Glenn Reynolds (and Sarah Hoyt, and others) writes that we’re living through them. Sure looks like it.
[Update a while later]
[Update late morning]
Speaking of Sarah Hoyt, from late last week, strange days in America.
Over half a year in, the Trump administration is learning that running the US of A is not like running a business (particularly like a business in New York or New Jersey, rife with graft):
…unfortunately, there are so many bills that have piled up and commitments we have made that if we don’t raise the debt ceiling that it’s not fulfilling obligations the United States has offered. I would welcome an opportunity to see a debt-ceiling package that included spending cuts as well. I think there’s some that advocate for that, but I think more likely what we will see is a clean debt ceiling for right now, so that’s probably an issue that will be addressed in the future,” he added.
Actual budget cuts, or even the fake ones that merely reduce the increase in the rate of growth, are the projects of the future, and they always will be. At least until we run out of other peoples’ money, as Venezuela just did.
And in the Department of Duhhhh…
“I think one of the lessons learned from the healthcare debate is that did not happen, and so therefore a lot of conservative groups were splintered as the bill came out of the House, which I think left us at a deficit trying to earn back their support over time. And I don’t mean to deflect responsibility for that because that was on all of us, but that bill was moving long before we were ever inaugurated,” he said.
“I think our relationship with the Hill is shared as well, that one of the lessons learned is to make sure we are doing that sort of outreach before we launch a project…”
If only we’d elected someone who actually understood how government works, and who’d at least read the Constitution and respected the rule of law.
And in this, of course, we have another parallel with Barack Obama.
In response to a young woman who (almost literally) poo-poos being an astronaut, Ben Domenech says that they need to seize their own destiny:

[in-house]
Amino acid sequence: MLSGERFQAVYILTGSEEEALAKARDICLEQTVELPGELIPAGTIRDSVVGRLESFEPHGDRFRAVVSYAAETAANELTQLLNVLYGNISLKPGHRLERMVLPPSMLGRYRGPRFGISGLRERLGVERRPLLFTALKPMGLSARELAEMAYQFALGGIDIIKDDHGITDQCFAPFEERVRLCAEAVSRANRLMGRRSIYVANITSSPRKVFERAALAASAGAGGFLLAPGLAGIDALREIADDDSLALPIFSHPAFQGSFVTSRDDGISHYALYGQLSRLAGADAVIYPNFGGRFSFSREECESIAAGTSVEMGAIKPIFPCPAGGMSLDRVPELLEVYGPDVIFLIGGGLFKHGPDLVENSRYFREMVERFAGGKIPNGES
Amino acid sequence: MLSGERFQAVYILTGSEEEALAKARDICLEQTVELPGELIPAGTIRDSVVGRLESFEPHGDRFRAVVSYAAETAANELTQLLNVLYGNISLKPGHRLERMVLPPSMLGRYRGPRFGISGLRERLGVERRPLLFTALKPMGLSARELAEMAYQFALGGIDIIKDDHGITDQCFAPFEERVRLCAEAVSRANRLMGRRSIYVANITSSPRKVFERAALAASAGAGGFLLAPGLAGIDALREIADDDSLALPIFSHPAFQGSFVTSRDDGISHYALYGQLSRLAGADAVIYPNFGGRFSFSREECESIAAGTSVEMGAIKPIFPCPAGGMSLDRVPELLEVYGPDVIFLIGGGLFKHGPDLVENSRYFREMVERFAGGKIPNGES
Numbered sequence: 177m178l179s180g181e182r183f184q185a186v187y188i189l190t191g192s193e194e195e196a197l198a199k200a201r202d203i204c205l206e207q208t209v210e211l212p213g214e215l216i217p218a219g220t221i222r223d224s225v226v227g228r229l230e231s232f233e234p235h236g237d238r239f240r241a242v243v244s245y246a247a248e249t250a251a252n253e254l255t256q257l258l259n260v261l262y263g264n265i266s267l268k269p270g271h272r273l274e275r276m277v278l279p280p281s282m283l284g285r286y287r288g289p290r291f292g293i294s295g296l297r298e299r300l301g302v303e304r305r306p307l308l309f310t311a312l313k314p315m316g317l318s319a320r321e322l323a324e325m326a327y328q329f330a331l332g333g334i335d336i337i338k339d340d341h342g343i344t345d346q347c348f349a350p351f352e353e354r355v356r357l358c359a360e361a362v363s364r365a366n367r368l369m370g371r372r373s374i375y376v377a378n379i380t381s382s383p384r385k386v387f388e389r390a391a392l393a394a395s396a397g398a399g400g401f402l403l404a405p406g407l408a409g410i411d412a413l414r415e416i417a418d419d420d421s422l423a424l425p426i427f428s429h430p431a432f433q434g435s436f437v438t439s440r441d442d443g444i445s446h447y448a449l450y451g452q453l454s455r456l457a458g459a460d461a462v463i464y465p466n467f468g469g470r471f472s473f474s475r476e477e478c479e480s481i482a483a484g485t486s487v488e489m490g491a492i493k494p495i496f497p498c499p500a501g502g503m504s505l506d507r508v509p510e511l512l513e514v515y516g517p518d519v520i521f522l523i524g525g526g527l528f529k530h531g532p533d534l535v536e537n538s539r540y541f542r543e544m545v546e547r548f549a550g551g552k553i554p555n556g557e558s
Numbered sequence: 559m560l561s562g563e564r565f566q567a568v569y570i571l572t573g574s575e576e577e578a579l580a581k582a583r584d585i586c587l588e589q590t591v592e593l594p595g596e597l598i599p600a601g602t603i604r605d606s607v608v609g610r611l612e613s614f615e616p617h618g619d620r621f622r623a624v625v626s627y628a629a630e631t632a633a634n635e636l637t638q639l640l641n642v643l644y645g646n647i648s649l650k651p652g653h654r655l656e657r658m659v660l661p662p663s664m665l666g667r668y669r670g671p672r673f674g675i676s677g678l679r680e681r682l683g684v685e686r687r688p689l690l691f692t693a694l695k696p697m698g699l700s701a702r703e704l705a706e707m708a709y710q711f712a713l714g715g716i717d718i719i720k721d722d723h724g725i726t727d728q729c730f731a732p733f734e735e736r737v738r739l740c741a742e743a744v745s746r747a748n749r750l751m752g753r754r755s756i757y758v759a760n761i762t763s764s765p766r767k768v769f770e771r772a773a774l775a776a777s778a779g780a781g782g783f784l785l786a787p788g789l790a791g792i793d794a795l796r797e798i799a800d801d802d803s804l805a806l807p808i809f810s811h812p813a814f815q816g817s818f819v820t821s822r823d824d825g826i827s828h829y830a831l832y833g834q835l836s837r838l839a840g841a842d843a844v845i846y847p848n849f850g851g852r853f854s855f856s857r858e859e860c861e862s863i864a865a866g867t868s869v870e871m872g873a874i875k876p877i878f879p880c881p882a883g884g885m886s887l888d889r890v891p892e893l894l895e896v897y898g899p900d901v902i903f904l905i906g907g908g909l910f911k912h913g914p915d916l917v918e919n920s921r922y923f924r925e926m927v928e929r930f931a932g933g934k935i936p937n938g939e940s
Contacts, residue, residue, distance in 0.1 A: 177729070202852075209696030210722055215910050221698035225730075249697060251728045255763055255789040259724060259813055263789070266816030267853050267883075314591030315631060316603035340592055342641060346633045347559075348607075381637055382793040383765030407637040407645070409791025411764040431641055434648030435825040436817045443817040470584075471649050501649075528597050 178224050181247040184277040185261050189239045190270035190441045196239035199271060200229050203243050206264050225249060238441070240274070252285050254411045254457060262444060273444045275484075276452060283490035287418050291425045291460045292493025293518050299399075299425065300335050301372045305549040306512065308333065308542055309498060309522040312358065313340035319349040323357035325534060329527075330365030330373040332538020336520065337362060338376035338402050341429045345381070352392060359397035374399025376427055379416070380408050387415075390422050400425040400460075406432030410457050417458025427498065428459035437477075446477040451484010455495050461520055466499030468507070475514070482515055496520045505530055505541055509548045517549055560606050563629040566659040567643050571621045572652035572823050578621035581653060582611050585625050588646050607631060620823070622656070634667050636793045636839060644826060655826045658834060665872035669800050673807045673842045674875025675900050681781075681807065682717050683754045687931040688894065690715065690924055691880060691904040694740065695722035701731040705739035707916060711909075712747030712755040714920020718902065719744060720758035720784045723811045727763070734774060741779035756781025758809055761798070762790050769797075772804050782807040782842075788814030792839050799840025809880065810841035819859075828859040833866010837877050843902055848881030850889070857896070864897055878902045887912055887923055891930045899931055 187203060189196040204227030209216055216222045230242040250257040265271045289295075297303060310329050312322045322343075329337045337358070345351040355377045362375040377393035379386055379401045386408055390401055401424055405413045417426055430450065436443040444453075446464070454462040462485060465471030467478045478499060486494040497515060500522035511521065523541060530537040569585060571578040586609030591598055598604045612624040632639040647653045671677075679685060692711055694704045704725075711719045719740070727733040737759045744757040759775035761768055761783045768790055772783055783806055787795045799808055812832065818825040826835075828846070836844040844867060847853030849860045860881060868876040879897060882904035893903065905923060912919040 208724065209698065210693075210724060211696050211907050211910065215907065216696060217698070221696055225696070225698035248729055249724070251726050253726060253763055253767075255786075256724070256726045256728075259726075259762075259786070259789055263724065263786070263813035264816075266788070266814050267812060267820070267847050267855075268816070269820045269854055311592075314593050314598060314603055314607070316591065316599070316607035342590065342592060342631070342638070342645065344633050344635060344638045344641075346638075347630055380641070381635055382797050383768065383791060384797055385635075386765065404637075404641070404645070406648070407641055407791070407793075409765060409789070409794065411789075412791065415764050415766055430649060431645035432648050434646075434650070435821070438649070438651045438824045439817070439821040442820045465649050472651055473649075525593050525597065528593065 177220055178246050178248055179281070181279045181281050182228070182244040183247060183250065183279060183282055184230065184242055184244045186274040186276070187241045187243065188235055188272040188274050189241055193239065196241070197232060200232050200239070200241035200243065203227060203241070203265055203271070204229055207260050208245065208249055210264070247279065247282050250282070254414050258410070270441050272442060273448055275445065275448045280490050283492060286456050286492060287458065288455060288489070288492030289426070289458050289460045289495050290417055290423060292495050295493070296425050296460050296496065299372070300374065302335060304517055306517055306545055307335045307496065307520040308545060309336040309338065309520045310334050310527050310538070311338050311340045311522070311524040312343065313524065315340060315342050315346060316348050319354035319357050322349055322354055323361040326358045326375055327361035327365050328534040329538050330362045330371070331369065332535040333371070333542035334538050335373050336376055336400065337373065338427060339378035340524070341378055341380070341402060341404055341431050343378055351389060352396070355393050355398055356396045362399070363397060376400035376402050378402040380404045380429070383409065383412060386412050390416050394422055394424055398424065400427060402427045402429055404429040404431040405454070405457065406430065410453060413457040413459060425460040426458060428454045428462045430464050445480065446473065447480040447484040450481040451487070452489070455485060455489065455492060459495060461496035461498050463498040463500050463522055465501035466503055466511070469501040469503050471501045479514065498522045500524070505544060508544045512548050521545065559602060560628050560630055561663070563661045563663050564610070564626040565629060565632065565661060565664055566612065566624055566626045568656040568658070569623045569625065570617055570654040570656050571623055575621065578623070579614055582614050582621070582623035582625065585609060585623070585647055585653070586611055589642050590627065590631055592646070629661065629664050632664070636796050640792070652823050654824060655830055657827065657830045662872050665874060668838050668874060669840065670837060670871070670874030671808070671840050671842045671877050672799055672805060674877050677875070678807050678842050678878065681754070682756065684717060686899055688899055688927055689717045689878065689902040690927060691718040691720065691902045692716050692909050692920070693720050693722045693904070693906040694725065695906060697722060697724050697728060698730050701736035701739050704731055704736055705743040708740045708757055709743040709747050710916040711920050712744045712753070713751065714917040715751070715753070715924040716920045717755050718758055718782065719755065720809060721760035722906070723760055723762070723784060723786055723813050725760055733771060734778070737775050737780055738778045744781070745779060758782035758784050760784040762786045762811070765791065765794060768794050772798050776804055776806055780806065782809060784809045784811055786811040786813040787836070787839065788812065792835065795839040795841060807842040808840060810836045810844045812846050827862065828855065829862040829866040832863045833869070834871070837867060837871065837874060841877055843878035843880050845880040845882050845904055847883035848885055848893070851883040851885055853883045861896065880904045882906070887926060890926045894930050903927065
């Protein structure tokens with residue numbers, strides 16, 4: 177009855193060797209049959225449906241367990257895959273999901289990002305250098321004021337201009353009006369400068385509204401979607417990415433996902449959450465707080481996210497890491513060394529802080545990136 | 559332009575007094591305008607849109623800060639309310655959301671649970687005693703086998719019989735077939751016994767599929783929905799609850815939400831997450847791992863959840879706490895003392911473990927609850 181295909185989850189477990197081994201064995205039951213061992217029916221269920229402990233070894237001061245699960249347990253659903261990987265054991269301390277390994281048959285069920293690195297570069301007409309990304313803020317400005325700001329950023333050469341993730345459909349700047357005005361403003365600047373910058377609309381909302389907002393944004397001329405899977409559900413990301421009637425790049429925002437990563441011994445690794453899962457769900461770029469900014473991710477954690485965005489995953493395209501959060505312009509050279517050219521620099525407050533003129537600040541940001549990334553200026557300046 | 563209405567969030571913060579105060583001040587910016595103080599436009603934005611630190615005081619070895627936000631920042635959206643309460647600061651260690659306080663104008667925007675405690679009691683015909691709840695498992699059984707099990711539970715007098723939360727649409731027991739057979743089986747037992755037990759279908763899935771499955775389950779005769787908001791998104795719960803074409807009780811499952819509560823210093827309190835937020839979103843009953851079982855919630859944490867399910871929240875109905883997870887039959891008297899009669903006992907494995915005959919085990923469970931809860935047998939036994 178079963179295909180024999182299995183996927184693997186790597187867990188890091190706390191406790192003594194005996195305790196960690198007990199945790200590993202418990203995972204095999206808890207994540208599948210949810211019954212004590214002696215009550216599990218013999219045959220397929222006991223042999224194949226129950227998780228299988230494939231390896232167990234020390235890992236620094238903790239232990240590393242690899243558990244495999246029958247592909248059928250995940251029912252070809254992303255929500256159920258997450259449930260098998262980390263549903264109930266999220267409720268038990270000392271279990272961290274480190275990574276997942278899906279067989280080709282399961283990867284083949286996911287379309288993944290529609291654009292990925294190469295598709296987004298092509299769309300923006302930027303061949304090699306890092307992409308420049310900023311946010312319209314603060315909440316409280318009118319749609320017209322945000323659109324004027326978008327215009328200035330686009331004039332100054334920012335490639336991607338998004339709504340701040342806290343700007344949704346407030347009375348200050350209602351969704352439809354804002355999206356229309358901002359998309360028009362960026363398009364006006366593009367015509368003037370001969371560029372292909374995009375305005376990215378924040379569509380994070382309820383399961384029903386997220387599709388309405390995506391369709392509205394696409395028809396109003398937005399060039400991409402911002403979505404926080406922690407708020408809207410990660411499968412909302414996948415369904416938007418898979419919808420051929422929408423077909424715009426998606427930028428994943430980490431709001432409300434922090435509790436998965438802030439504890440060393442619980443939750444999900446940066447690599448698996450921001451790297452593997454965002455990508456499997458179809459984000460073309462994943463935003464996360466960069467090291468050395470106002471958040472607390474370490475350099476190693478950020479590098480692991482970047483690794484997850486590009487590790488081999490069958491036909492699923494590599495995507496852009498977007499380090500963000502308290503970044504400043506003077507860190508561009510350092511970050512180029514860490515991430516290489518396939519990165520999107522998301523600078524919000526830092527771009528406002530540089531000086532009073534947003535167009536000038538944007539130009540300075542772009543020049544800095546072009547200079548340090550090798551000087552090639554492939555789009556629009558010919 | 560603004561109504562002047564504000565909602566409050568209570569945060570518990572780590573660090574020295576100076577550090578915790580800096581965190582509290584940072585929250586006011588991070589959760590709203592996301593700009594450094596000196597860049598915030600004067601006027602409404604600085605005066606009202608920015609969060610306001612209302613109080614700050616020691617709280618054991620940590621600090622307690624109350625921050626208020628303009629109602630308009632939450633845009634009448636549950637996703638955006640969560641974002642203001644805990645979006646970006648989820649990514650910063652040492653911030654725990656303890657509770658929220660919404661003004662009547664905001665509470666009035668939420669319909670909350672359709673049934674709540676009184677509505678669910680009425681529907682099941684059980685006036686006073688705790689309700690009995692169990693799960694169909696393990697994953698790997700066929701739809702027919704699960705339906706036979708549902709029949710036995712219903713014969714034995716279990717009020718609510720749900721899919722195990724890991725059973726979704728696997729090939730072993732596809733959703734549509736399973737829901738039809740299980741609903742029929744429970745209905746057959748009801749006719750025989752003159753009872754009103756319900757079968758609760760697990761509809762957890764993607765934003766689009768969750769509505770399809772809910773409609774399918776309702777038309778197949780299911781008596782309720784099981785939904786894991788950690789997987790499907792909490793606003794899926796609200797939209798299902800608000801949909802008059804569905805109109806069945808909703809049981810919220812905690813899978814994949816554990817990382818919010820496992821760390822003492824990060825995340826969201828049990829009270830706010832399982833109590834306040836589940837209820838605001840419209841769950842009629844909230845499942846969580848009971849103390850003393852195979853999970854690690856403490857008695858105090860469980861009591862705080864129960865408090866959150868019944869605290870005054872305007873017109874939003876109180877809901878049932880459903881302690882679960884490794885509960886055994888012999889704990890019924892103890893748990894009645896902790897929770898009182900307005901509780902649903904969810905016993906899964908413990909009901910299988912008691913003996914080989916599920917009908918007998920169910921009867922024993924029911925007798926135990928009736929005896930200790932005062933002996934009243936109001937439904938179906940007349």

Space is the next frontier. Throughout the history of America, we have been a nation driven by the idea of the frontier—a place where law was slim and liberty was enormous, where you could make your way in the world based on your own ambition and abilities, not fenced in by the limitations of society. The idea of the frontier is a stand-in for the idea of liberty. The danger for the millennial generation today is that even as they inhabit an era providing utopian degrees of choices, they have become too fearful to actually make those choices and seize the future liberty allows. In so doing, they deny their inheritance as Americans.
We have an abundance of evidence on this front. Millennials are extremely reluctant to invest or risk their capital. UBS found that in the wake of the financial crisis, millennials appear more risk-averse than any generation since the Great Depression. Brookings has analyzed the sense of displacement driven by technology, seeing Spike Jonze’s “Her” as a prediction of the world as it will be when millennial values drive society. And Megan McArdle has written eloquently about the fear of failure of any sort, even in the smallest ways, that animates young Americans.
“The other day, after one of my talks, a 10th-grade girl came up and shyly asked if I had a minute. I always have a minute to talk to shy high school sophomores, having been one myself. And this is what she asked me: “I understand what you’re saying about trying new things, and hard things, but I’m in an International Baccalaureate program and only about five percent of us will get 4.0, so how can I try a subject where I might not get an A?”
Consider the experience of millennials today as illustrated by Aziz Ansari in “Master of None,” quoting Sylvia Path’s “Bell Jar,” on the impossibility of making choices when overwhelmed by the options before you.